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Specialty Lens Implants

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If you need to have cataract surgery, one of the things to consider is what kind of lens implant you will have. For those looking to live life glasses-free after cataract surgery, a specialty lens implant may be the best choice. Shoreline Vision has provided our patients in the Tri-Cities and surrounding areas with excellent vision care for over 50 years.

What is a Specialty Lens Implant?

A specialty lens implant is an intraocular lens that provides advanced features beyond what is found with a basic monofocal intraocular lens. Monofocal intraocular lenses only provide vision at one distance, meaning patients must continue wearing glasses after cataract surgery to see at other distances.

With a specialty lens implant, these advanced features allow patients to see more clearly, often with more definition, clarity, less glare, and other advantages that a standard monofocal intraocular lens does not allow. Because it is considered a “specialty lens implant” these kinds of intraocular lenses are not covered by Medicare or other kinds of medical insurance.

What Are the Different Types of Specialty Lens Implants?

There are several different types of specialty lens implants available, depending on your visual needs. They include the following:

Accommodating IOL

With an accommodating IOL, this specialty lens implant expands the range of clear vision. This is thanks to an aspheric design and flexible haptics.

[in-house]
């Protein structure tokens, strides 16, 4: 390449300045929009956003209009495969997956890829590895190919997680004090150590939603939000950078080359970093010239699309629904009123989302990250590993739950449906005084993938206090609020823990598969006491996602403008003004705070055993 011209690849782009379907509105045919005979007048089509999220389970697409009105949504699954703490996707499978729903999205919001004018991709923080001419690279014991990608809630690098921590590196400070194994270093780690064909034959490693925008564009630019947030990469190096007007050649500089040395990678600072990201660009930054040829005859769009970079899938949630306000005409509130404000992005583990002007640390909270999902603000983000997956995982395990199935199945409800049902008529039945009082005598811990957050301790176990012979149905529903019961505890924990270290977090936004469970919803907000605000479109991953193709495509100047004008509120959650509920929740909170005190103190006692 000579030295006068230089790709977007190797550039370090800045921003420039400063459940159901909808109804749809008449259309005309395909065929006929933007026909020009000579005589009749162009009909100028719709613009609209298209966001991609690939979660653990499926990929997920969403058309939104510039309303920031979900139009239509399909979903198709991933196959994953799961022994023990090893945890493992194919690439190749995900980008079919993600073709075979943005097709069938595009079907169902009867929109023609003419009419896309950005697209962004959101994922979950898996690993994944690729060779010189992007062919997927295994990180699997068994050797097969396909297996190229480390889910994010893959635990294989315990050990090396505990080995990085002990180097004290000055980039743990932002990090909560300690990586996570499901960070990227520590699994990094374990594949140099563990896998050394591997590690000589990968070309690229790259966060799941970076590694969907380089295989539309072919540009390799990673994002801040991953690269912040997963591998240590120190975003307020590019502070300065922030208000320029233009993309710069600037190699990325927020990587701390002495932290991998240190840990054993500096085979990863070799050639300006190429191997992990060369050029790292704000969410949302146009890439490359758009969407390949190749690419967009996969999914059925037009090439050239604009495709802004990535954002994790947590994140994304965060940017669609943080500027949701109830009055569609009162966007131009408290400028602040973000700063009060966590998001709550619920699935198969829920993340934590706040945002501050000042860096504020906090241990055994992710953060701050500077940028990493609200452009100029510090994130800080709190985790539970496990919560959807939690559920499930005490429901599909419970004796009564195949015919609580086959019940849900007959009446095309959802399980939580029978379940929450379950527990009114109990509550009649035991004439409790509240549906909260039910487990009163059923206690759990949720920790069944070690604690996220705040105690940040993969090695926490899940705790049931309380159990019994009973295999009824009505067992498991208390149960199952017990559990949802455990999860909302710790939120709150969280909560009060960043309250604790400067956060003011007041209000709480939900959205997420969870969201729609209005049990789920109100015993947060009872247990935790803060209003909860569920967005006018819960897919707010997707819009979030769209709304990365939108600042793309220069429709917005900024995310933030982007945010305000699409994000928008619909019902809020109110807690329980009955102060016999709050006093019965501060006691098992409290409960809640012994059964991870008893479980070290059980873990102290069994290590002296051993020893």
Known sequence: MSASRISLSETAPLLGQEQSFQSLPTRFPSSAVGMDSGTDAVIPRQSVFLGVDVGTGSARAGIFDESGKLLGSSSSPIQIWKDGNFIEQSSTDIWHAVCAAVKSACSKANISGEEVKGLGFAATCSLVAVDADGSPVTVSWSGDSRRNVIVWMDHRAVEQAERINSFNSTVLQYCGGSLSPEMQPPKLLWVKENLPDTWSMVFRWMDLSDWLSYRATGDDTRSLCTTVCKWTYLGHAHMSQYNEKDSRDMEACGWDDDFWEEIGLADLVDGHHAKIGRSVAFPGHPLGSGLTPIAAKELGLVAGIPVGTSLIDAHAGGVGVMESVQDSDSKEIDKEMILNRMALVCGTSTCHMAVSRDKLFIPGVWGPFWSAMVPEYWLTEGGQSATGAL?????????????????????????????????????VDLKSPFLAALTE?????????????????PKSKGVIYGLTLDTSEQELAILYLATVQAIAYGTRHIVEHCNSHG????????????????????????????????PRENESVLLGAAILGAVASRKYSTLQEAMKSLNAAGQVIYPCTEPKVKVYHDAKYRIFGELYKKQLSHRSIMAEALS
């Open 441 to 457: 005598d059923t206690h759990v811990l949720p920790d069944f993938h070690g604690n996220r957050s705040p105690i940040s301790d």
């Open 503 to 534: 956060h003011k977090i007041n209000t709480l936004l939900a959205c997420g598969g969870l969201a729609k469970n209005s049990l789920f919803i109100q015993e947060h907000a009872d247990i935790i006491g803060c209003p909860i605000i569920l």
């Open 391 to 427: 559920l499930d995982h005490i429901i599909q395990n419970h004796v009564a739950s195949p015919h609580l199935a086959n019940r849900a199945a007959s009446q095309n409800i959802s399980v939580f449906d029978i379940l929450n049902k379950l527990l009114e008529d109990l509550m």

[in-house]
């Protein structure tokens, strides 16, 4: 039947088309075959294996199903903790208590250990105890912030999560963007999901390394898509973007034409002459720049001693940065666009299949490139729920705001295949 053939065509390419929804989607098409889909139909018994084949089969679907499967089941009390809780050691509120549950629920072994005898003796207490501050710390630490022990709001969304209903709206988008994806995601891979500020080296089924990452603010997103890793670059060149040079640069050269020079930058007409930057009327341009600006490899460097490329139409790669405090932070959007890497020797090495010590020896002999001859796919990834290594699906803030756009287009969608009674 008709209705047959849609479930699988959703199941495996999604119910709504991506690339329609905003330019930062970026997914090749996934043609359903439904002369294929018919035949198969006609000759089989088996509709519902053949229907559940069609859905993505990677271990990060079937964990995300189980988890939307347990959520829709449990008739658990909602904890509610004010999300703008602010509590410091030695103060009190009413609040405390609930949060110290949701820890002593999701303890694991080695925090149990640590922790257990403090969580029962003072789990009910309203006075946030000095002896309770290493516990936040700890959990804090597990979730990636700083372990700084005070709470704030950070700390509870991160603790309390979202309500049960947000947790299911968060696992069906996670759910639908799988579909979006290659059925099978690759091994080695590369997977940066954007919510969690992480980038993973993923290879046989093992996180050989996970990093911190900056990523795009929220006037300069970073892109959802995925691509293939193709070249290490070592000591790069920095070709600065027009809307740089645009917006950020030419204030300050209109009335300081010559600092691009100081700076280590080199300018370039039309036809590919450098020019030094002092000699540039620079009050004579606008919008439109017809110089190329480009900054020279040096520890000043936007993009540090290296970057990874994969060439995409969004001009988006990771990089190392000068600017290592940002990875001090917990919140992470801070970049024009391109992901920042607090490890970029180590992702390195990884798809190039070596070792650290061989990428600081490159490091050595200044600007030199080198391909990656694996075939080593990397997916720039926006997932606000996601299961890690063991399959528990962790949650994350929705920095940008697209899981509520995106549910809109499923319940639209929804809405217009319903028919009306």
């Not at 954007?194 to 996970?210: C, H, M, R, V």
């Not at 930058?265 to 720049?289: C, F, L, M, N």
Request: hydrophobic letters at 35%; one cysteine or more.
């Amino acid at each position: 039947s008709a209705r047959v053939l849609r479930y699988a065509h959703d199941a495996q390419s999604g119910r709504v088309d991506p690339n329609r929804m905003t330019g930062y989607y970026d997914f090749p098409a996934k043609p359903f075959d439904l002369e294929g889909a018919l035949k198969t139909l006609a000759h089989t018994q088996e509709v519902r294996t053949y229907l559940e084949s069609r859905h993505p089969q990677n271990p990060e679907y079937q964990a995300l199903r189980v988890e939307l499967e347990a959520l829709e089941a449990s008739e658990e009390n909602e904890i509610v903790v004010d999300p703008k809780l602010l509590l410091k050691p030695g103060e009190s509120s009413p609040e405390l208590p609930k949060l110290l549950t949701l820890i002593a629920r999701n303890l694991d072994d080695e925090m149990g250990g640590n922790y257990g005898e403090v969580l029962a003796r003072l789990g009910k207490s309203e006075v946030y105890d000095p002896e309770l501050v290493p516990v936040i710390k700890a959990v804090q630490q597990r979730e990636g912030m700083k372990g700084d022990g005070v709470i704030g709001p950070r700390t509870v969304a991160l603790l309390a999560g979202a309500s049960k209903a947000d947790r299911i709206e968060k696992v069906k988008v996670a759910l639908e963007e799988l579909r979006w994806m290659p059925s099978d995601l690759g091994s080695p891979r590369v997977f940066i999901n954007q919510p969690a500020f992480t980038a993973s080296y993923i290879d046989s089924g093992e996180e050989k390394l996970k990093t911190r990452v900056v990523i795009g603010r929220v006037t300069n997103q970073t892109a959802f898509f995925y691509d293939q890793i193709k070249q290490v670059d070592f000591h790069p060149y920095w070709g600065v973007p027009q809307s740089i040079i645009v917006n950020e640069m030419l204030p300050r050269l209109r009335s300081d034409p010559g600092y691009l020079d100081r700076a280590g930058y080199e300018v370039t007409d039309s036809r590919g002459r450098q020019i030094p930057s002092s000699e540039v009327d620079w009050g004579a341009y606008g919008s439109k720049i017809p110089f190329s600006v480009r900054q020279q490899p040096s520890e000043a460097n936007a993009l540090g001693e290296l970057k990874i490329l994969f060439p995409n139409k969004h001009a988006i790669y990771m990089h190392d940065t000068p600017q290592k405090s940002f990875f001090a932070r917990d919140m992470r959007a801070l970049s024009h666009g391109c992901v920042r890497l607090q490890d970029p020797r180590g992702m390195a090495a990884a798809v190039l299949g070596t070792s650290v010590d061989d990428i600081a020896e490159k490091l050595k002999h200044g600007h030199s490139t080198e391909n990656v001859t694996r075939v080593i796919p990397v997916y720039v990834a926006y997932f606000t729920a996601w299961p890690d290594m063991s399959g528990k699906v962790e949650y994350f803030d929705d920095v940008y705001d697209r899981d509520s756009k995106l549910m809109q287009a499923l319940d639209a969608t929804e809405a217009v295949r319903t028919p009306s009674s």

Haptics are the legs that support and hold the intraocular lens in place once it replaces the natural lens during cataract surgery. These legs allow the IOL to move forward slightly when looking at something that is up close.

This increases the focusing power of the eye and provides better near vision than a monofocal lens. For those that choose an accommodating IOL, many find that they have less of a need for computer glasses or reading glasses after having cataract surgery, while still experiencing clear distance vision.

Multifocal IOL

Multifocal IOLs allow patients to see objects clearly at all distances without needing glasses or contact lenses due to added magnification in different parts of the lens.

This expands the range of vision. Multifocal IOLs are a great choice for those with presbyopia who are looking to decrease their need to use reading glasses or computer glasses after cataract surgery.

Aspheric IOL

If you want an IOL that matches the shape and quality of the eye’s natural lens, the aspheric IOL is the best choice. The natural eye is not spherical, but aspheric.

Traditional intraocular lenses are spherical in design. This means that the front surface is uniformly curved from the center of the lens to the periphery.

This is problematic because traditional spherical intraocular lenses can cause higher-order visual aberrations. This can affect the quality of a patient’s vision, like if they are driving at night or in other low-light conditions. With an aspheric IOL, patients can experience sharper vision.

This can be especially helpful for those that struggle in low-light situations or those that have larger than normal pupils.

Toric IOL

For patients with astigmatism, the best specialty lens option is often a toric IOL. The toric IOL is the only intraocular lens specifically designed to correct astigmatism.

An advantage of the toric IOL is not only does it correct astigmatism but it can also correct nearsightedness and farsightedness as well. Toric IOLs correct astigmatism because they have different powers in different locations of the lens.

There are also alignment markings located on the peripheral part of the lens. These markings allow the cataract surgeon to adjust the placement of the intraocular lens inside the eye for the best astigmatism correction results.

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